01. M'Jumbe 15:57
02. The Last Prophet 8:03
03. The Smart Set 5:47
04. Eboness 5:30
05. Eboness (Kwanza) 12:53
Alto Saxophone, Flute – Sonny Fortune
Baritone Saxophone, Clarinet – Hamiet Bluiett
Bass – Reggie Workman
Drums, Percussion – Roy Brooks
Electric Piano [Fender Rhodes] – Hilton Ruiz
Percussion [African] – Lawrence Williams, Richard Landrum
Piano [Acoustic] – Joseph Bonner
Tenor Saxophone, Flute, Bass Clarinet – John Stubblefield
Trumpet, Flugelhorn – Cecil Bridgewater
Trumpet, Horn [E Flat] – Olu Dara
Vocals – Eddie Jefferson
Recorded at: Small's Paradise, Harlem, N.Y.C. Nov. 22, 1973.
Ethnic Expressions by Roy Brooks & the Artistic Truth is one of two recordings drum master Roy Brooks cut for the tiny Afrocentric New York imprint Im-Hotep. Released in 1973, it has been one of the most sought-after "Holy Grail" recordings on the collector's market, with copies selling at auction for over $1,200. The reason is not merely its rarity, but the stellar quality of its music and the focus of its vision reinventing the unity of African-American self-determination through music. Recording at Small's Paradise in Harlem on the tenth anniversary of the assassination of John F. Kennedy, this large collective of musicians created a positive, musically sophisticated, emotionally powerful performance that epitomized 1970s jazz as it incorporated the free, progressive, and spiritual jazz elements of the 1960s in a setting that also included soul and blues expression. The personnel includes Brooks on drums and percussion; Olu Dara and Cecil Bridgewater on trumpets and flügelhorn; Hamiet Bluiett, Sonny Fortune, and John Stubblefield on saxophones, flute, and bass clarinets; pianists Joe Bonner (acoustic) and Hilton Ruiz (Rhodes); bassist Reggie Workman; and Richard Landrum and Lawrence Williams on African percussion. Vocalist Eddie Jefferson also appears on the "The Smart Set" and "Eboness," at his most expressive and soulful. The album's five tracks include two longer pieces in "M'Jumbe" (whose arrangement reflects the time Brooks spent with Charles Mingus a year earlier) and the closing "Eboness (Kwanza)," as well as three middle-length pieces
The 16-minute "M'Jumbe" begins in a free call and response between trumpet, percussion, and bowed bass, gradually adding more instruments until its groove emerges at two minutes and its melody unfolds near the three-minute mark. Even as the horn sections quote the theme, improvisation moves in and out, funky themes are introduced with another melodic statement, and brief moments of free playing slip through before formal solos are taken. The tune is always circular due to its impeccably preeminent rhythmic elements. "The Last Prophet" showcases the band's groove side with stellar piano work from Bonner and a horn section in full swagger. The interplay between Workman and Brooks is magical. Jefferson's hip R&B roots are brought into play on the finger-popping "The Smart Set" and his blues authority on "Eboness," with some deep soul work from Workman and Ruiz as well as a fine flute solo from Fortune. On "Eboness (Kwanza)," the vocalist referred to as "Black Rose" is Dee Dee Bridgewater. This is a bona fide jazz classic; its importance as an example of the best that jazz had to offer in the 1970s cannot be overstated. [Ethnic Expressions slipped out of print in 1975, and remained out of print until Japan's P-Vine made it available for a limited time on CD in 2009. In 2010, however, Great Britain's Jazzman was able to license and reissue it on both CD and LP, making it widely available and affordable worldwide.]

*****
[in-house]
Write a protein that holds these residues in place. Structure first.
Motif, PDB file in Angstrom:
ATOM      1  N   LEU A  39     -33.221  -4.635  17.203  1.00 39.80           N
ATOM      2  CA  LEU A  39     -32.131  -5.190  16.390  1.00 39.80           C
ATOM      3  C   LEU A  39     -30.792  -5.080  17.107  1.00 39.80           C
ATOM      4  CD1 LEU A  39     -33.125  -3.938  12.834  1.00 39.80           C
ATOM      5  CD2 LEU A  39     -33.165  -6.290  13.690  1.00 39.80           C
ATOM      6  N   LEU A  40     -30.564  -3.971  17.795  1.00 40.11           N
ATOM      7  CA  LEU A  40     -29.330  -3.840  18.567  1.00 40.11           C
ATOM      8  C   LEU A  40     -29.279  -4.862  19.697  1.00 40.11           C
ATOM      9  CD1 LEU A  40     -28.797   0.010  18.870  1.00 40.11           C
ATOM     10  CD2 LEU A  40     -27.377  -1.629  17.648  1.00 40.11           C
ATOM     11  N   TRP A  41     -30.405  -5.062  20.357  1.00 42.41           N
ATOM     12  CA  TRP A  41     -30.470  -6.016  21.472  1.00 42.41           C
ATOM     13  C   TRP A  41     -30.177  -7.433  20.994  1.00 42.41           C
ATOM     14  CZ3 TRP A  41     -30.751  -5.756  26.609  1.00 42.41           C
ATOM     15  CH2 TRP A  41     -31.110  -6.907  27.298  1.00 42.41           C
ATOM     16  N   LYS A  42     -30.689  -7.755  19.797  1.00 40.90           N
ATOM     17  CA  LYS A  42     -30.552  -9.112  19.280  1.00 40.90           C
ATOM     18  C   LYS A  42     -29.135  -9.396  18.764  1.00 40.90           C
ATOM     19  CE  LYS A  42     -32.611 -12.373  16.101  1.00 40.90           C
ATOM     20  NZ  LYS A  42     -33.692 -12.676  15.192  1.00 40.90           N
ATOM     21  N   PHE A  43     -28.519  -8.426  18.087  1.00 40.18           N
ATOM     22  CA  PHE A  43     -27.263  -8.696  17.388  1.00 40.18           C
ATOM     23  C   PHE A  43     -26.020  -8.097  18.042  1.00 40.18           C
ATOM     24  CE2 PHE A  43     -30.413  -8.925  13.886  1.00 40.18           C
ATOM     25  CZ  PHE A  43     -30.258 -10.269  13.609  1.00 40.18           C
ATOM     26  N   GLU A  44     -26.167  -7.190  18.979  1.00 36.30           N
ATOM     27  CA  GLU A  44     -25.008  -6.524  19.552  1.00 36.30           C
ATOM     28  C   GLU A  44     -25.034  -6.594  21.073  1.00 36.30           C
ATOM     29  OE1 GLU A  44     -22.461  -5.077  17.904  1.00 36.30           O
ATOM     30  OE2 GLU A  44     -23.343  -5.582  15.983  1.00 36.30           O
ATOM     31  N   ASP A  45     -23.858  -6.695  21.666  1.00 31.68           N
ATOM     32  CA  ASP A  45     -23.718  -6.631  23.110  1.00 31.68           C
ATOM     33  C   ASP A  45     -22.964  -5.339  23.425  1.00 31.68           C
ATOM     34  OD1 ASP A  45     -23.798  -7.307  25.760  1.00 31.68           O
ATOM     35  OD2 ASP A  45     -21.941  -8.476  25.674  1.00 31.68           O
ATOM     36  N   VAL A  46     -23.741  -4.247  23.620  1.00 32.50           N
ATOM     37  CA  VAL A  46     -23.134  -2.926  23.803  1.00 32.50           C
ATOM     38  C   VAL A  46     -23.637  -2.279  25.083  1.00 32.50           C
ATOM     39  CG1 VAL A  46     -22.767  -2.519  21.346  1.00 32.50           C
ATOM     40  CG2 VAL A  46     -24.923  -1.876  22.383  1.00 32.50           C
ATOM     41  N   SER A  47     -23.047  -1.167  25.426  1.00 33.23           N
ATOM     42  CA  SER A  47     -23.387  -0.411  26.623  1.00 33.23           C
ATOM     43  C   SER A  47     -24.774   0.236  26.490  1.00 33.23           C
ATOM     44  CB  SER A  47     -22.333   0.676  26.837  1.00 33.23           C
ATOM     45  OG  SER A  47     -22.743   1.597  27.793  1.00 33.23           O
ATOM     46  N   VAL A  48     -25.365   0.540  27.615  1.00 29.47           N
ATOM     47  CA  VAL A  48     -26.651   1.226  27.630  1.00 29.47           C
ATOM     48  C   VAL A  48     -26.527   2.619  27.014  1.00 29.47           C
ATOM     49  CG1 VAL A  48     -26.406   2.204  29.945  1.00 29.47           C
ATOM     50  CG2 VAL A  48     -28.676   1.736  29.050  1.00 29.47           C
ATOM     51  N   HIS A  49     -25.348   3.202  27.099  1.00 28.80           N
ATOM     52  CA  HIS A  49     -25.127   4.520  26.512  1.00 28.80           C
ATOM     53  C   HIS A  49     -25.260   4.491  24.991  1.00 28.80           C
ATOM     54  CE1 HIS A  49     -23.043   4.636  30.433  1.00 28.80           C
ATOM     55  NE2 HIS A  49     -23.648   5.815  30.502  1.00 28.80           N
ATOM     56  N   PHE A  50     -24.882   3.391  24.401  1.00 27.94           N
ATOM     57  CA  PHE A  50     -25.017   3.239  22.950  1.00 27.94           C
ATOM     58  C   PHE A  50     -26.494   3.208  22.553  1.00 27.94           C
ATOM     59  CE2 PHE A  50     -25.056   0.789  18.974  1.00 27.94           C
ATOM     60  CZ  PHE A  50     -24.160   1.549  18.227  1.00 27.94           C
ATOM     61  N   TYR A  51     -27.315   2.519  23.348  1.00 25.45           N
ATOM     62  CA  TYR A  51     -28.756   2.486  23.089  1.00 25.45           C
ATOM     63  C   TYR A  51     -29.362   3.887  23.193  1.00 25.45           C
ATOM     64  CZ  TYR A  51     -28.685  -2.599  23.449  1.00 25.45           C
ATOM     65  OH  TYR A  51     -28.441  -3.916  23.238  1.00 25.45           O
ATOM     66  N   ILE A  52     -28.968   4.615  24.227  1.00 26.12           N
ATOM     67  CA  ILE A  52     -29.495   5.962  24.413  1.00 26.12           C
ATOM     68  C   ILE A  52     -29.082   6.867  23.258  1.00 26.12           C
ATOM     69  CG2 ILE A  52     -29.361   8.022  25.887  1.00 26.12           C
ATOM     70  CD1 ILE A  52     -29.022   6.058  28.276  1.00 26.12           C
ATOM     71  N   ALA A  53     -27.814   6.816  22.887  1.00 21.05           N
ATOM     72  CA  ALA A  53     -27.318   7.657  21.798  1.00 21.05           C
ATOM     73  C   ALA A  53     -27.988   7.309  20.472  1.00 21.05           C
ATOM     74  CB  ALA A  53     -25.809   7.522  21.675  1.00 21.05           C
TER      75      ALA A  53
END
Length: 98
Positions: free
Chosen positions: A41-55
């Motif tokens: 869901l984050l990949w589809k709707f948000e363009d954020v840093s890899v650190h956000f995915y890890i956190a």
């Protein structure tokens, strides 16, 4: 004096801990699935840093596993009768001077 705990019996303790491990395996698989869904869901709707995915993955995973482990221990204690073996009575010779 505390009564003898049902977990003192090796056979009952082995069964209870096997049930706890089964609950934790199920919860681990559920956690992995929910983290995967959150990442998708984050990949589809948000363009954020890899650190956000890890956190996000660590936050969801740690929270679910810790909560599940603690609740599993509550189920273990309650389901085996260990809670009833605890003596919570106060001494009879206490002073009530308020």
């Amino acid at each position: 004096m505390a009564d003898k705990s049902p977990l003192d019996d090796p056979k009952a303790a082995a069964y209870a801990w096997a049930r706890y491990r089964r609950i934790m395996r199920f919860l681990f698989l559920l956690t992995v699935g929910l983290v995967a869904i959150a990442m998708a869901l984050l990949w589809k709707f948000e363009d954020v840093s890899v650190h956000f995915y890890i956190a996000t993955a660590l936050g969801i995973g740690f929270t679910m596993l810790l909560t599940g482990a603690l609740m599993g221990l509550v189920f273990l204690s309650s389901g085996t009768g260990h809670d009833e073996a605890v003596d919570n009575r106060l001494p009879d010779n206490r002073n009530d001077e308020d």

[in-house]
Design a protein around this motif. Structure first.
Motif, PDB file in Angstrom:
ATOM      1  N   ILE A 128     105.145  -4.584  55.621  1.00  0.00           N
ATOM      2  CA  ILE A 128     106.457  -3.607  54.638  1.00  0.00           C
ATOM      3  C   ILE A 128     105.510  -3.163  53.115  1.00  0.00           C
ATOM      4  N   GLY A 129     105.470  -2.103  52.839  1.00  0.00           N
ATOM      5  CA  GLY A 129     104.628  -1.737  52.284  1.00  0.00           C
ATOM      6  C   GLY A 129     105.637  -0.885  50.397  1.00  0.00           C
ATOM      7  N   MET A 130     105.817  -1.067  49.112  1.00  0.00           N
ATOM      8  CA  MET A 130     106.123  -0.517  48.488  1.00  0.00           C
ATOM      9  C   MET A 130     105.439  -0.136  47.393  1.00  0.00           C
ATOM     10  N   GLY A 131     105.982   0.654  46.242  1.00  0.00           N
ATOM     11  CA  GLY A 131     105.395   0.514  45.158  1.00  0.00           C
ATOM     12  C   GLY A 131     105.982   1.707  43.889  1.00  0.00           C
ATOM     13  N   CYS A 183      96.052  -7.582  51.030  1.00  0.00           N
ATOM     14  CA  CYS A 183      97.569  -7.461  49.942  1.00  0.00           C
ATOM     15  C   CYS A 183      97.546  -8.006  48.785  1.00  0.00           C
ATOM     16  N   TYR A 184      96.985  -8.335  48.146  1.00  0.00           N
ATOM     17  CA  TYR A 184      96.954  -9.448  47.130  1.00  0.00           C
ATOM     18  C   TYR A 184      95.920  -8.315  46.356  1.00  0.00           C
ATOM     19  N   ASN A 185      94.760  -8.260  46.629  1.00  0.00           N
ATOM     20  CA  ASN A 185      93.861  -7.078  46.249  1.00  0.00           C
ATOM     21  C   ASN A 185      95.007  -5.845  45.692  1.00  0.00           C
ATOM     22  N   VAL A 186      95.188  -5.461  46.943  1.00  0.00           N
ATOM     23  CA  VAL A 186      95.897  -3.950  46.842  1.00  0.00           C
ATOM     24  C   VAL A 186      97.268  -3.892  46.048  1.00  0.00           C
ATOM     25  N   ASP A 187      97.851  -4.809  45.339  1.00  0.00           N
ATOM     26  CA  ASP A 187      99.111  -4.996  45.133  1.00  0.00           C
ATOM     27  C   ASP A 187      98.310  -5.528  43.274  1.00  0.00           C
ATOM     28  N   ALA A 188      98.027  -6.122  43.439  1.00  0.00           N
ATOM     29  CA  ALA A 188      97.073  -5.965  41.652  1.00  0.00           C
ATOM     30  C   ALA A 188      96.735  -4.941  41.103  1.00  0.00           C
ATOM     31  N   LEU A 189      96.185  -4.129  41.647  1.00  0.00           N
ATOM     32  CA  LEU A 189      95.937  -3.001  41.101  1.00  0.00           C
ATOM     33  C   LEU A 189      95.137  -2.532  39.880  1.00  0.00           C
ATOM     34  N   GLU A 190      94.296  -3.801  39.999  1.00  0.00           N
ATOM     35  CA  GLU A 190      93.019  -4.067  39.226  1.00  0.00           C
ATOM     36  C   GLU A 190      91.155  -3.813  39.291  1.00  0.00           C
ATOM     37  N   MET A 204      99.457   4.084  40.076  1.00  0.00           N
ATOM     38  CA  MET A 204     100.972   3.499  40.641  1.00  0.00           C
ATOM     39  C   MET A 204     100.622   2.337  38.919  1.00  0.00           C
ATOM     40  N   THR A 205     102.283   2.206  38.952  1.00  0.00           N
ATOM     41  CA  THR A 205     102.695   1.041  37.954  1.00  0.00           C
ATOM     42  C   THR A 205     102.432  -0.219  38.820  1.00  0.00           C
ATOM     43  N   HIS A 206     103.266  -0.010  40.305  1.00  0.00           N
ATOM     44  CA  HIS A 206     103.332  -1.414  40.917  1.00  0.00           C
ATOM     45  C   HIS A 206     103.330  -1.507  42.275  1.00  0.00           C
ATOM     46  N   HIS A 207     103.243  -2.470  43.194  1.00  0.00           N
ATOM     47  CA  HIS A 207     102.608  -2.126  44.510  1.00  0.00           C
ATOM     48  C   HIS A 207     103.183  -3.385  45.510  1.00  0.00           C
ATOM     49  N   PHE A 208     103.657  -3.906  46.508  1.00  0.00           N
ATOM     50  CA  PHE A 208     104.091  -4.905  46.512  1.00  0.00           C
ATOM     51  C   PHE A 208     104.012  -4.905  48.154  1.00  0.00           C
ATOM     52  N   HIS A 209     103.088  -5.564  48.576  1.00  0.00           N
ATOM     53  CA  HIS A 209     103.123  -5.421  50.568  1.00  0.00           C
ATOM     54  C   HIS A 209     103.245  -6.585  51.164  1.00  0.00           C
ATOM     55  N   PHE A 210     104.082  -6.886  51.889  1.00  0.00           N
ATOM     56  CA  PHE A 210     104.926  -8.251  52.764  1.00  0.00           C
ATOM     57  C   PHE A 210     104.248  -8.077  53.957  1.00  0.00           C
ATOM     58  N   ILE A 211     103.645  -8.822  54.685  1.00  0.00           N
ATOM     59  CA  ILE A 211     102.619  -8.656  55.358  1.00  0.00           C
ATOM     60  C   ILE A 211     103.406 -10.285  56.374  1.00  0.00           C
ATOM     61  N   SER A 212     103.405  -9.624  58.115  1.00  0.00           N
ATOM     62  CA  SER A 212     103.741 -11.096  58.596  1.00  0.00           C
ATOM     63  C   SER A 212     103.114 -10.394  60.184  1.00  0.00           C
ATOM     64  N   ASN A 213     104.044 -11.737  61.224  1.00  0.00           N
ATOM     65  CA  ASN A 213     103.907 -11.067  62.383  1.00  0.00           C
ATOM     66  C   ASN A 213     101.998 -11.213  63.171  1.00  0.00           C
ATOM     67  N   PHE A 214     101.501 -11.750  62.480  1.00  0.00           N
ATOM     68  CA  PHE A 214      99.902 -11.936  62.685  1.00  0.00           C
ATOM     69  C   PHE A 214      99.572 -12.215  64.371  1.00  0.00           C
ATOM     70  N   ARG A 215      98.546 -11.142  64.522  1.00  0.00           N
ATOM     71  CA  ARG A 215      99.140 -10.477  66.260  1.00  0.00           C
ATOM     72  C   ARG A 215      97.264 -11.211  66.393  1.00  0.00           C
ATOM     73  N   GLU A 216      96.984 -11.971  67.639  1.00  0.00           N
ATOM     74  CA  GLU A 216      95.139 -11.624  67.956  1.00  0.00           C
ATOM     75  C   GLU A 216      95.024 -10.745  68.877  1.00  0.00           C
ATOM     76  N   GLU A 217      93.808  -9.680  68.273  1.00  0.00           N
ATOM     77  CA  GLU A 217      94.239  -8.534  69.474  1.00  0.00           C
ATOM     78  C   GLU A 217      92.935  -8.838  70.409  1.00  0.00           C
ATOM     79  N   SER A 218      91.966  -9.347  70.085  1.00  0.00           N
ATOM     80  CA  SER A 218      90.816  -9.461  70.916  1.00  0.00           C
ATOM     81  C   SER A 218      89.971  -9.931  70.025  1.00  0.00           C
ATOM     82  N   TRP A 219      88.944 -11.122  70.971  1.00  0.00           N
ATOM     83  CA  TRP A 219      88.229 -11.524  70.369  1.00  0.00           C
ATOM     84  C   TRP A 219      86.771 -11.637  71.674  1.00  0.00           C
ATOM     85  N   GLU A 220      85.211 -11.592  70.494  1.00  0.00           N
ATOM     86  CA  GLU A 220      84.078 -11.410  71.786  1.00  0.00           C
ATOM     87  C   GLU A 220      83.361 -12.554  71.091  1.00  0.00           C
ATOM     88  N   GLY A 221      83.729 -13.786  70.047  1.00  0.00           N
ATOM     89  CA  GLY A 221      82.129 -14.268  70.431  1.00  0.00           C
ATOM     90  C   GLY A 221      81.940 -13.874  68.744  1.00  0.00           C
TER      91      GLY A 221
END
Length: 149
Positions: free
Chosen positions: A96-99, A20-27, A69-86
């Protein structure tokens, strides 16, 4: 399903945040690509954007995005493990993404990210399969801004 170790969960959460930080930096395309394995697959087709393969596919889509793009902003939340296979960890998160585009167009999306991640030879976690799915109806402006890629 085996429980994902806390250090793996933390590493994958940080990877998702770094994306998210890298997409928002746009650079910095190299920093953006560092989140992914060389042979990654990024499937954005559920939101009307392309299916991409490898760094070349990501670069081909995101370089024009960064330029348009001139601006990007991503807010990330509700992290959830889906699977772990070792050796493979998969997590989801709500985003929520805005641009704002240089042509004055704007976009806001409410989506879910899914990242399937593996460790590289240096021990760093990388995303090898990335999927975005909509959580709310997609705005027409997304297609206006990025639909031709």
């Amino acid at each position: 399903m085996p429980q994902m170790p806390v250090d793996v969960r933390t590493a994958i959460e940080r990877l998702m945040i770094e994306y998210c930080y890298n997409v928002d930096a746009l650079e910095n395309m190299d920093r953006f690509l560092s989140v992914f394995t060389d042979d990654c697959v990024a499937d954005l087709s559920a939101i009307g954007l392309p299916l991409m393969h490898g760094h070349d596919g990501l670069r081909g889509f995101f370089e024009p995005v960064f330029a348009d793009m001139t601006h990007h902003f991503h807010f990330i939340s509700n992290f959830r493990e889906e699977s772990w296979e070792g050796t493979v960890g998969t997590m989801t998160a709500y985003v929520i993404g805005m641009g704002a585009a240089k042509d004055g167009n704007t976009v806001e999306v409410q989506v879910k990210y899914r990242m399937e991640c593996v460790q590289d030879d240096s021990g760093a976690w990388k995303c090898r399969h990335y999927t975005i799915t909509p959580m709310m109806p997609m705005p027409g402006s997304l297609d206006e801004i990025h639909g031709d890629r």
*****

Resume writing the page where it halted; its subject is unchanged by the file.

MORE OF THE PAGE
Easily one of the most coveted and sought-after of all jazz LPs is the elusive Holy Grail that is Roy Brooks’ Ethnic Expressions. It’s not just rarity that makes a record of this nature so desirable, nor is it the compelling music within… sometimes, like a Van Gogh or a Picasso, it’s the personality of the artist himself that’s inexorably entwined with the record itself that lends a fascinating, mesmeric and mythical quality that simply can’t be contrived.
Ethnic Expressions was recorded live in NYC in 1973, and exhibits a powerful message of black consciousness and spiritual freedom. This is post-Coltrane progressive jazz of the highest order! With a cry to his African roots, Brooks’ music combines modal, rhythmic and Afro-centric jazz with politics, spirituality and a positive vibes. The result is deep, esoteric spiritual jazz that any fan into real deal vibrant jazz will require as essential listening.